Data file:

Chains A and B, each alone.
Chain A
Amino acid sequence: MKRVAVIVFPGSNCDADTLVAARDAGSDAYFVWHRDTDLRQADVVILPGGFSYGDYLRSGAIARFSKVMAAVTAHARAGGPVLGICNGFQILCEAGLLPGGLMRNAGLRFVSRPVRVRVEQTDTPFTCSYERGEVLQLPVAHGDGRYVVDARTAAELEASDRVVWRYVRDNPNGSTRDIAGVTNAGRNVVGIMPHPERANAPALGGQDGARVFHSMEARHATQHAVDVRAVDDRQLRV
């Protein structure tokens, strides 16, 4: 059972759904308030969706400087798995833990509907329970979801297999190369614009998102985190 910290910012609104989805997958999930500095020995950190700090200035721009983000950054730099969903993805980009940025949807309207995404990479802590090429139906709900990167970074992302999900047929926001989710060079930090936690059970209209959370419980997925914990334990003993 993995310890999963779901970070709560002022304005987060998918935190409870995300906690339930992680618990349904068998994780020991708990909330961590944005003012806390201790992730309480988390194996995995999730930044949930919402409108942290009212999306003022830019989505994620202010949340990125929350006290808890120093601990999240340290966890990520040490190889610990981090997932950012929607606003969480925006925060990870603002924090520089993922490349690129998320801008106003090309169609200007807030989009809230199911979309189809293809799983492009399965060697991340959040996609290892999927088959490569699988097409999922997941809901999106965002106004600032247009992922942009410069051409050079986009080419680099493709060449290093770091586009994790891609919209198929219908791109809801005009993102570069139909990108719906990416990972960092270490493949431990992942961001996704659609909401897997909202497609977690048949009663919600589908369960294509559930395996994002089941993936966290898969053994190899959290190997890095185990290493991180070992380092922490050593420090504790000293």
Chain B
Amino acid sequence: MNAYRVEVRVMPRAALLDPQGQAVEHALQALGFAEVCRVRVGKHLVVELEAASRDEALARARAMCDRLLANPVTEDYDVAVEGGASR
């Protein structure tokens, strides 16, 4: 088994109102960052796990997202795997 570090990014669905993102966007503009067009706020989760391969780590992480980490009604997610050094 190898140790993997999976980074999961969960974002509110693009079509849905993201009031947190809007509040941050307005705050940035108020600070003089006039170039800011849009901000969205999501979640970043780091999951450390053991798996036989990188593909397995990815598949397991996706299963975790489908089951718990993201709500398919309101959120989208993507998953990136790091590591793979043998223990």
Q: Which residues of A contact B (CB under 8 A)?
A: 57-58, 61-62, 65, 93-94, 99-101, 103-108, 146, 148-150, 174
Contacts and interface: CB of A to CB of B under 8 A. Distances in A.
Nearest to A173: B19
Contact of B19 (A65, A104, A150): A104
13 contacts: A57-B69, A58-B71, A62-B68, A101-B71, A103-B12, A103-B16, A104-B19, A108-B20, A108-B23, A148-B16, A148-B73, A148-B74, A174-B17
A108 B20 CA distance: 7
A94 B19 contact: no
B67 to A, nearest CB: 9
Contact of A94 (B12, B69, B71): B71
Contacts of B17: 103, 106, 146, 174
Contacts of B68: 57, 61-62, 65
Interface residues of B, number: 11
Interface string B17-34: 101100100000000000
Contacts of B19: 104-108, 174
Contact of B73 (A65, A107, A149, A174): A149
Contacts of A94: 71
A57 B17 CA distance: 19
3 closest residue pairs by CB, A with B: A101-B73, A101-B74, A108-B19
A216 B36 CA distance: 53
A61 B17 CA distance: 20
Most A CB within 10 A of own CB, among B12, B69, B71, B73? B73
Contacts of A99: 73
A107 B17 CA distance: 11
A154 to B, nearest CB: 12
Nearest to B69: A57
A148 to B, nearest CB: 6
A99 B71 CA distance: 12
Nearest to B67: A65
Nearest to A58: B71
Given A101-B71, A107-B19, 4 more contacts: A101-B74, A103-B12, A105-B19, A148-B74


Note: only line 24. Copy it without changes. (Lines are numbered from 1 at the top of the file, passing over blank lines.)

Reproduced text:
Contacts of A94: 71